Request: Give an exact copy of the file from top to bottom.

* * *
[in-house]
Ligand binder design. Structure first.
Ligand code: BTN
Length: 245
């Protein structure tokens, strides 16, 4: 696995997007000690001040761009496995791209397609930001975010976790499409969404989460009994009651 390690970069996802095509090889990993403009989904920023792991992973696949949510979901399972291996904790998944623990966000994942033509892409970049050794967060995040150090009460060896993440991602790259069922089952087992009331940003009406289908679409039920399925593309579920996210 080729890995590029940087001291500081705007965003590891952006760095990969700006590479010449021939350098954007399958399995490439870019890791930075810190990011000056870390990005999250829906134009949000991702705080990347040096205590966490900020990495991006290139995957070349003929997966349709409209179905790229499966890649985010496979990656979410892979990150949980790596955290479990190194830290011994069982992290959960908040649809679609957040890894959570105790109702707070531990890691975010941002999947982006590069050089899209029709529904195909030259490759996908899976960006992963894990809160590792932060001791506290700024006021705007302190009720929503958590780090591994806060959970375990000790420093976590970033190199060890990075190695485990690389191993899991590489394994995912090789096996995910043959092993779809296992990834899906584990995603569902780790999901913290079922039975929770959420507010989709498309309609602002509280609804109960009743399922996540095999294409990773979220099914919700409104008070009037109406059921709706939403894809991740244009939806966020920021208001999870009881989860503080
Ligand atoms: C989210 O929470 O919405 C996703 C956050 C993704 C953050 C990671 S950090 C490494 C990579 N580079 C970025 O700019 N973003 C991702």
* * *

[in-house]
Ligand binder design. Structure first.
Ligand code: BTN
Length: 245
């Protein structure tokens, strides 16, 4: 696995997007000690001040761009496995791209397609930001975010976790499409969404989460009994009651 390690970069996802095509090889990993403009989904920023792991992973696949949510979901399972291996904790998944623990966000994942033509892409970049050794967060995040150090009460060896993440991602790259069922089952087992009331940003009406289908679409039920399925593309579920996210 080729890995590029940087001291500081705007965003590891952006760095990969700006590479010449021939350098954007399958399995490439870019890791930075810190990011000056870390990005999250829906134009949000991702705080990347040096205590966490900020990495991006290139995957070349003929997966349709409209179905790229499966890649985010496979990656979410892979990150949980790596955290479990190194830290011994069982992290959960908040649809679609957040890894959570105790109702707070531990890691975010941002999947982006590069050089899209029709529904195909030259490759996908899976960006992963894990809160590792932060001791506290700024006021705007302190009720929503958590780090591994806060959970375990000790420093976590970033190199060890990075190695485990690389191993899991590489394994995912090789096996995910043959092993779809296992990834899906584990995603569902780790999901913290079922039975929770959420507010989709498309309609602002509280609804109960009743399922996540095999294409990773979220099914919700409104008070009037109406059921709706939403894809991740244009939806966020920021208001999870009881989860503080
Ligand atoms: C989210 O929470 O919405 C996703 C956050 C993704 C953050 C990671 S950090 C490494 C990579 N580079 C970025 O700019 N973003 C991702």